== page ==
Ownership Abandoned


Steven Hall

Member
Dec 17, 2008
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Just a quick and somewhat curious question ? At what point during the sinking (or after) would the ships ownership have been legally considered abandoned.
Additionally — could the British Royal Mail (postal services) still make claim to ownership of the mail in the ships hull.
I read recently that a letter addressed (with a stamp on it) to Adolf Hitler was still obliged to be delivered to the address.
 
Dec 2, 2000
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Easley South Carolina
Unless an official declaration is made by the owners, I don't think it ever is. It might come as a surprise to some to find that even sunken ships have owners, be they the original buyers, the insurance companies that paid off on the loss, or whoever comes along and purchases the wreck from whoever has title. The HMHS Britannic is a case in point and which is currently owned by Simon Mills.

Regarding the mails, as I understand it, if it were to be recovered from the Titanic, the Royal Mail would have a legal obligation to *try* to deliver same to the addressee or the addressee's legal heirs, assigns, agents, or other lawful representatives if the addressee is deceased.

(I don't think anybody would worry about Adolf Hitler. His only living relations don't want any part of him.)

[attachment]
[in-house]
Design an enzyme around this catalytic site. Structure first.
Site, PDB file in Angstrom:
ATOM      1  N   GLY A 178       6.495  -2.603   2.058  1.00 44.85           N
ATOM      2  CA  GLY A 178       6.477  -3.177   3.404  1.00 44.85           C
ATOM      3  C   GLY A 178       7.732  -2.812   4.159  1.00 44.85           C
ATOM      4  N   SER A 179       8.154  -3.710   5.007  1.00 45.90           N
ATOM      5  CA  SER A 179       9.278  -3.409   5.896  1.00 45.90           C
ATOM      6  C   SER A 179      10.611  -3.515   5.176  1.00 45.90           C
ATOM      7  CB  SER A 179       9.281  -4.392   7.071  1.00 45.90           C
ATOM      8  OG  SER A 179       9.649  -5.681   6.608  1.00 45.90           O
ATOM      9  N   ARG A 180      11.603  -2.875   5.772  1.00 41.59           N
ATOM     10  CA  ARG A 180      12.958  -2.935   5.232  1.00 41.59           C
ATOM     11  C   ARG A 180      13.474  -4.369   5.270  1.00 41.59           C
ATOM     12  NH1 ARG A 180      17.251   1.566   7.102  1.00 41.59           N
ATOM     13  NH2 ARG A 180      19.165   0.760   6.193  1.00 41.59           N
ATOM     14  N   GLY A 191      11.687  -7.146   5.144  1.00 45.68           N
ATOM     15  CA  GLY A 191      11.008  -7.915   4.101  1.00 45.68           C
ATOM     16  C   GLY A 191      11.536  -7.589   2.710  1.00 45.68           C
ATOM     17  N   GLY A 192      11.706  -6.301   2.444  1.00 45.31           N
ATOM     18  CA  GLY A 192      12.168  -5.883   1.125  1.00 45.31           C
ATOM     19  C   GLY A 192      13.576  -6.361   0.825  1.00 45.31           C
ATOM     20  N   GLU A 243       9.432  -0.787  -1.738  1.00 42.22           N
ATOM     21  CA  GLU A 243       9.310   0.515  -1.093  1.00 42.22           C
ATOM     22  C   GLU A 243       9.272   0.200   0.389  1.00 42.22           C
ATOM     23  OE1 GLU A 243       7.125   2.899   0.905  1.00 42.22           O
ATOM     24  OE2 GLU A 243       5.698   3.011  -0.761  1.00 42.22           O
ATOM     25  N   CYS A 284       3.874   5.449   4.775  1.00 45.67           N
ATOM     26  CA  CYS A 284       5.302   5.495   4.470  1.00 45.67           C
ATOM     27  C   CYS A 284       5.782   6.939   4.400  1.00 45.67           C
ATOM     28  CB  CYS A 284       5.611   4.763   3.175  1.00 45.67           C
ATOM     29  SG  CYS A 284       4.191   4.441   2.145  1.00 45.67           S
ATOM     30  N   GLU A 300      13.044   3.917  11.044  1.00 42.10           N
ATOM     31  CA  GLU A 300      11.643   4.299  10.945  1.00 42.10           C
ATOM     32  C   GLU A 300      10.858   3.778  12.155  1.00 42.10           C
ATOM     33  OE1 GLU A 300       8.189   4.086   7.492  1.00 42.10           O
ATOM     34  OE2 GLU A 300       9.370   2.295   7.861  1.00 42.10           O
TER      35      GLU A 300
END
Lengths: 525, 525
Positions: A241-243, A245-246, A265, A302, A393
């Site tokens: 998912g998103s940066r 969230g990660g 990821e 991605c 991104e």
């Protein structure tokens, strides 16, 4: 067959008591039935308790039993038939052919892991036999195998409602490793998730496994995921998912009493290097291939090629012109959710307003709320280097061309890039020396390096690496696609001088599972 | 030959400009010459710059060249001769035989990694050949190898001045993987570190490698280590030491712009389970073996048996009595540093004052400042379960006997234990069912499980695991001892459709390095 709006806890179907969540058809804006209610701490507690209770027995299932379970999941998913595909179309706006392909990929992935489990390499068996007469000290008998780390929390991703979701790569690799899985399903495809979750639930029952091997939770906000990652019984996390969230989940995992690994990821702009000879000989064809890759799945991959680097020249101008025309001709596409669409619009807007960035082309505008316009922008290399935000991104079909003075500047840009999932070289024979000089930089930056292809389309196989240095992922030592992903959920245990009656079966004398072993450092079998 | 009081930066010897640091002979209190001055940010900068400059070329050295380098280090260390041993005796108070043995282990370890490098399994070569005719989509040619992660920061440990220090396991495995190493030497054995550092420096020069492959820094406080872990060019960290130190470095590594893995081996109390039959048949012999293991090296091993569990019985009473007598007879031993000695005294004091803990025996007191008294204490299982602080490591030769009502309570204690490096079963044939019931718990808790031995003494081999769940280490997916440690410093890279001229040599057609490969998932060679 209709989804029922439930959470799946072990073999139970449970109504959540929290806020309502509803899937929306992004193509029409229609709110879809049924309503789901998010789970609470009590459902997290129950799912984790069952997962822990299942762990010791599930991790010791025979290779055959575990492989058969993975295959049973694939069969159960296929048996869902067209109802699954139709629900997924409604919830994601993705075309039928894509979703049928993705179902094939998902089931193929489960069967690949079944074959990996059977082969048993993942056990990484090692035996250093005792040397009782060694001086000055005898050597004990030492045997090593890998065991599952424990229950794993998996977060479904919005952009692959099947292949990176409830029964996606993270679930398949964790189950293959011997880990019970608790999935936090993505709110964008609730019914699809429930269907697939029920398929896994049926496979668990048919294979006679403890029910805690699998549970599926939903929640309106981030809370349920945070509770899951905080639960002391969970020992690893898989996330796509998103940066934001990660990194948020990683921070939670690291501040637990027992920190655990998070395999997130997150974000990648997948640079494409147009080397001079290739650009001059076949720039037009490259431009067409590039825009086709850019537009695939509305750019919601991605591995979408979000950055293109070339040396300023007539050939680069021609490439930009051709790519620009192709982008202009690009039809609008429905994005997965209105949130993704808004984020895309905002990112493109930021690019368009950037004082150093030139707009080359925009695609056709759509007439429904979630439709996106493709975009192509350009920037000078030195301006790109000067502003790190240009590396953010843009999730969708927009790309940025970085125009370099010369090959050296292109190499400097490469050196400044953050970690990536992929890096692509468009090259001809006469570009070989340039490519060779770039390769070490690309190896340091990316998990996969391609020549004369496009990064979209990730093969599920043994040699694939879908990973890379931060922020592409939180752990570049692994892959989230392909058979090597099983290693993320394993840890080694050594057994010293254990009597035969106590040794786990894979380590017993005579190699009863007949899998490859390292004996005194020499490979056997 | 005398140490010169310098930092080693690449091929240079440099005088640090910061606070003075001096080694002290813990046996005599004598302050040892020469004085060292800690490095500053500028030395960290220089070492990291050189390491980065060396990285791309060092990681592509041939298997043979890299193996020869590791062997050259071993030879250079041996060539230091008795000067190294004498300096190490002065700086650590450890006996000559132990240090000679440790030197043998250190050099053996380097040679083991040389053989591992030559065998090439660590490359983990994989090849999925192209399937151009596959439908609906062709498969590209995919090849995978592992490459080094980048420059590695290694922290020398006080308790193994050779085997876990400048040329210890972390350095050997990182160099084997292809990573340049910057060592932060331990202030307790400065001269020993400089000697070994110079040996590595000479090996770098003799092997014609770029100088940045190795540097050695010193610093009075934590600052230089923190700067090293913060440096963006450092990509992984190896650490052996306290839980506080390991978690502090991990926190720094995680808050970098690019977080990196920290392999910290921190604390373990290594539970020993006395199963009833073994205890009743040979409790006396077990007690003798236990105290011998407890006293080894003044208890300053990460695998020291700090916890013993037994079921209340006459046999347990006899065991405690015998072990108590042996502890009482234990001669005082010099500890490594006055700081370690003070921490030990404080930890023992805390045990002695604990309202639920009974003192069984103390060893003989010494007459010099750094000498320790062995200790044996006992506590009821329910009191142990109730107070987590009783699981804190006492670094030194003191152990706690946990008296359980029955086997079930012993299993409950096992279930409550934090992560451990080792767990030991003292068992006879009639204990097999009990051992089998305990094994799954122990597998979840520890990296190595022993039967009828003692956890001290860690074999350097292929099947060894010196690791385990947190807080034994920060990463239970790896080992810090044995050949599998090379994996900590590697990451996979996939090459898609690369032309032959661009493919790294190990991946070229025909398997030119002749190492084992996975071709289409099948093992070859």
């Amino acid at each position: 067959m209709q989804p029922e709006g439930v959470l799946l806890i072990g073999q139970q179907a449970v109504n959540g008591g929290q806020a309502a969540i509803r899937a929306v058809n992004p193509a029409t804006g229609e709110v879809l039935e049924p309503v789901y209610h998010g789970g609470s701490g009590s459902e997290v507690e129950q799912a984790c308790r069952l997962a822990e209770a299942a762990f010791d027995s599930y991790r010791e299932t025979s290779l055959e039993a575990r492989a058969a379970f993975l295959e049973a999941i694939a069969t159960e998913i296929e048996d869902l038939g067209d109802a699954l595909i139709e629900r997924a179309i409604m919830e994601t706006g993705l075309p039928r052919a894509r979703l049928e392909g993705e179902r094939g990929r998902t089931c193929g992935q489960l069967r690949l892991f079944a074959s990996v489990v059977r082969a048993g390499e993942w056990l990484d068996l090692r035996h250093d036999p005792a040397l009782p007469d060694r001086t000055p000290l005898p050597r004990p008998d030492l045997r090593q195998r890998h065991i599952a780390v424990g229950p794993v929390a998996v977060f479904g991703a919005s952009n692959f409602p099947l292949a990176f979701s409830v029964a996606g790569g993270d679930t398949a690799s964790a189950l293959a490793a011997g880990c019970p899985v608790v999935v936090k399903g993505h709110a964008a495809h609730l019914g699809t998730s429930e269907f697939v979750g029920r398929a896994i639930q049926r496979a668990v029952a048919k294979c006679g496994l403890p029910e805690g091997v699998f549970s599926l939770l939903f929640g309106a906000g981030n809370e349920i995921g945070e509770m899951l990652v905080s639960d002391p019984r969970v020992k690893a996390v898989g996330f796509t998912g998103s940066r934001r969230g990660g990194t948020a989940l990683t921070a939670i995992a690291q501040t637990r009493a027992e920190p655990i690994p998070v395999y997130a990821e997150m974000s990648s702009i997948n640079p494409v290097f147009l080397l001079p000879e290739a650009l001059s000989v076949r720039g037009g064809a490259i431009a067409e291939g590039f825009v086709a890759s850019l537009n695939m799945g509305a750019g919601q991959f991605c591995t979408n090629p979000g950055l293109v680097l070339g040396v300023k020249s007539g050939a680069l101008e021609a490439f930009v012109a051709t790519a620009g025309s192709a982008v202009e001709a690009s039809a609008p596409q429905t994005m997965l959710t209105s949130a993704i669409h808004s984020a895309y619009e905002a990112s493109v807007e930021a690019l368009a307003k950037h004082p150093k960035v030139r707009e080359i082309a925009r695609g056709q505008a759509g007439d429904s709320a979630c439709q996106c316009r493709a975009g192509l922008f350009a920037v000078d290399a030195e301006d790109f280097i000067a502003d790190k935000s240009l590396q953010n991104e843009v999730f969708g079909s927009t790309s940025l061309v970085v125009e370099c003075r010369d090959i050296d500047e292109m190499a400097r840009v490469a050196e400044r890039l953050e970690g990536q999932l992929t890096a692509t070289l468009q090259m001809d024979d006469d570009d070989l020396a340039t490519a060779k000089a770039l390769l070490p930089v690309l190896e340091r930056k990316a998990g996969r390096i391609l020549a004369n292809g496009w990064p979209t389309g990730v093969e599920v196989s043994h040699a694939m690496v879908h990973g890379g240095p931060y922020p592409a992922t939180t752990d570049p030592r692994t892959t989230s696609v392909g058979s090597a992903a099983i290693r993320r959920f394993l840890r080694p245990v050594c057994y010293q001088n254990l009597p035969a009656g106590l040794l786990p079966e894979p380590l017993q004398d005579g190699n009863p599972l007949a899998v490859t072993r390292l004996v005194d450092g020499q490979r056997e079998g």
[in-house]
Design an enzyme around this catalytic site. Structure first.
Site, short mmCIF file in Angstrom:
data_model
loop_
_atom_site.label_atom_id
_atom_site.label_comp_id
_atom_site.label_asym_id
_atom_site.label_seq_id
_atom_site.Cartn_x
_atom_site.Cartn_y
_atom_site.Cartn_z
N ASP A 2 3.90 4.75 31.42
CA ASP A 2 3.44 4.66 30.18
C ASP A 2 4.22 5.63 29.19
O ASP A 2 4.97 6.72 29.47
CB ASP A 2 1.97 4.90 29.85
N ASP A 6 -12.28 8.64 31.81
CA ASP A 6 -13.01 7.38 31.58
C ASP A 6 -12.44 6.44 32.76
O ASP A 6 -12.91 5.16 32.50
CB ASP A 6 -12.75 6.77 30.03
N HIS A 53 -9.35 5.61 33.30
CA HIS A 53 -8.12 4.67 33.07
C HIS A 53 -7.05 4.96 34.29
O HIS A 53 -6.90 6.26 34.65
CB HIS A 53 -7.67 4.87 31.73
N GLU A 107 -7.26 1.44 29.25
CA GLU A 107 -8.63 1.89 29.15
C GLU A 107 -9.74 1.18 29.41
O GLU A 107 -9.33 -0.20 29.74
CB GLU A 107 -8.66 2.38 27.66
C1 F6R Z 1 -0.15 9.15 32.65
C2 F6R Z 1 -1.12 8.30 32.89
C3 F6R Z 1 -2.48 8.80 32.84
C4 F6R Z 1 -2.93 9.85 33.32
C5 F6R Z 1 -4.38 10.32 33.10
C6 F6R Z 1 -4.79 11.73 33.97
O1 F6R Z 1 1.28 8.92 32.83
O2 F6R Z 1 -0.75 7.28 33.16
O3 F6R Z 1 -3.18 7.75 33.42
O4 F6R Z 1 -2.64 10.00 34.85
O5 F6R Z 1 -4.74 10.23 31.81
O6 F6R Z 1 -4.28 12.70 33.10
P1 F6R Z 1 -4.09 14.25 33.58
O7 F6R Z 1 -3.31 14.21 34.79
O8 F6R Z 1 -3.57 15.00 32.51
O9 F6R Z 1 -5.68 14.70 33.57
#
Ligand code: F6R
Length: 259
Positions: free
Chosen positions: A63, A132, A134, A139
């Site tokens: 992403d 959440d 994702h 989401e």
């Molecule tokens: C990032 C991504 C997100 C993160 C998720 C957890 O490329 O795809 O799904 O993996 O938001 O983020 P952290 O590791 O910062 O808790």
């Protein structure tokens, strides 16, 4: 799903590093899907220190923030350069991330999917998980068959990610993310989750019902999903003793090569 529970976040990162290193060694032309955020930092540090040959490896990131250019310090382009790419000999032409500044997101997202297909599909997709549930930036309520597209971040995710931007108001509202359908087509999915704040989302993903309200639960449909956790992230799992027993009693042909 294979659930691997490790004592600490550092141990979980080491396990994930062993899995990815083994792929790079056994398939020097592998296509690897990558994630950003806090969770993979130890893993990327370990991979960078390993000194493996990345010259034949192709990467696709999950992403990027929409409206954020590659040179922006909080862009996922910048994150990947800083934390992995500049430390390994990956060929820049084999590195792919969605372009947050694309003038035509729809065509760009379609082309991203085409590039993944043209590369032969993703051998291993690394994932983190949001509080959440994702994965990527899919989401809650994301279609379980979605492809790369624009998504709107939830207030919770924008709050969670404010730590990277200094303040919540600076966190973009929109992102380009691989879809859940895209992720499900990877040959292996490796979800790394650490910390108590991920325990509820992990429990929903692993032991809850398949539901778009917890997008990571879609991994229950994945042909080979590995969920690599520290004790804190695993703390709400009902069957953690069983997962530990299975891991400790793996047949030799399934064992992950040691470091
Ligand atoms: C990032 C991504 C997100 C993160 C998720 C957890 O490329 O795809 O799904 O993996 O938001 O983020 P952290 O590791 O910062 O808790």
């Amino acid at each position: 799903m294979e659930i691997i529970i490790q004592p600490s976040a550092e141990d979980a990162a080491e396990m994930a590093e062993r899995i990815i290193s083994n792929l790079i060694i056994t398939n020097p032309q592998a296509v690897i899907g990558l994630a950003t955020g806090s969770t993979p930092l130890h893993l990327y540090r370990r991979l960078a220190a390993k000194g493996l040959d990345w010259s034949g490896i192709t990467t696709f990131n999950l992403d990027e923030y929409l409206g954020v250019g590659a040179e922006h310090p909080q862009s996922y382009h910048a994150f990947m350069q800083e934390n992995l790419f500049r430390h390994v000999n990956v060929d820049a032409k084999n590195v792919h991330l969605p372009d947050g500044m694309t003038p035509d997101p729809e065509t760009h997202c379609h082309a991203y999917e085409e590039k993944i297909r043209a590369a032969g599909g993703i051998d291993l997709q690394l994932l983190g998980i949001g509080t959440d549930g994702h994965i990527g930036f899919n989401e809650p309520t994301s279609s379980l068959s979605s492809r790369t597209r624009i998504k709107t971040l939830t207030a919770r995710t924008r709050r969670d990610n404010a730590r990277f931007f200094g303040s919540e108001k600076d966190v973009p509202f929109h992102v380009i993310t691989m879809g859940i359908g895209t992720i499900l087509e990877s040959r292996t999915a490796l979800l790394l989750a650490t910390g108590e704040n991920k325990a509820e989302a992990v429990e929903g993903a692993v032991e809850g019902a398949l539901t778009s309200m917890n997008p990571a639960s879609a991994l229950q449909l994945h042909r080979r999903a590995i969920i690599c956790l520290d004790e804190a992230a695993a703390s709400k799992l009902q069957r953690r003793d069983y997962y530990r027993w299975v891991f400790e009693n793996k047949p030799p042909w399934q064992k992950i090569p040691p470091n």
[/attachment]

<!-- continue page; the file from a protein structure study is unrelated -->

I hope Noel Jones sees this as I've a hunch he's a lot more familier with the law behind this.
 

Noel F. Jones

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May 14, 2002
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Here is a succinct exposition of UK law relating to wreck. Other sovereign maritime jurisdictions will have an office similar to that of the UK Receiver of Wreck. Presumably any items of mail recovered will be dealt with accordingly.

http://www.mcga.gov.uk/c4mca/mcga-environmental/mcga-receiver_of_wreck/mcga-dops_row_law.htm

Here is another less precise exposition. Note the apparent conflict re wreck originating from the high seas or elsewhere but otherwise landed in the UK. I would elect the former as the more reliable exposition.

http://www.bbc.co.uk/history/archaeology/marine_receive1.shtml

As to title, the insured portions of ownership of hull and cargo become subrogated to underwriters upon settlement of the various claims relating thereto but an item of, say, baggage, mail or personal effects would be outside of such settlement and thus subject to the uncomplexed law of wreck.

The above does not purport to be a complete or definitive exposition of the relevant law.

Noel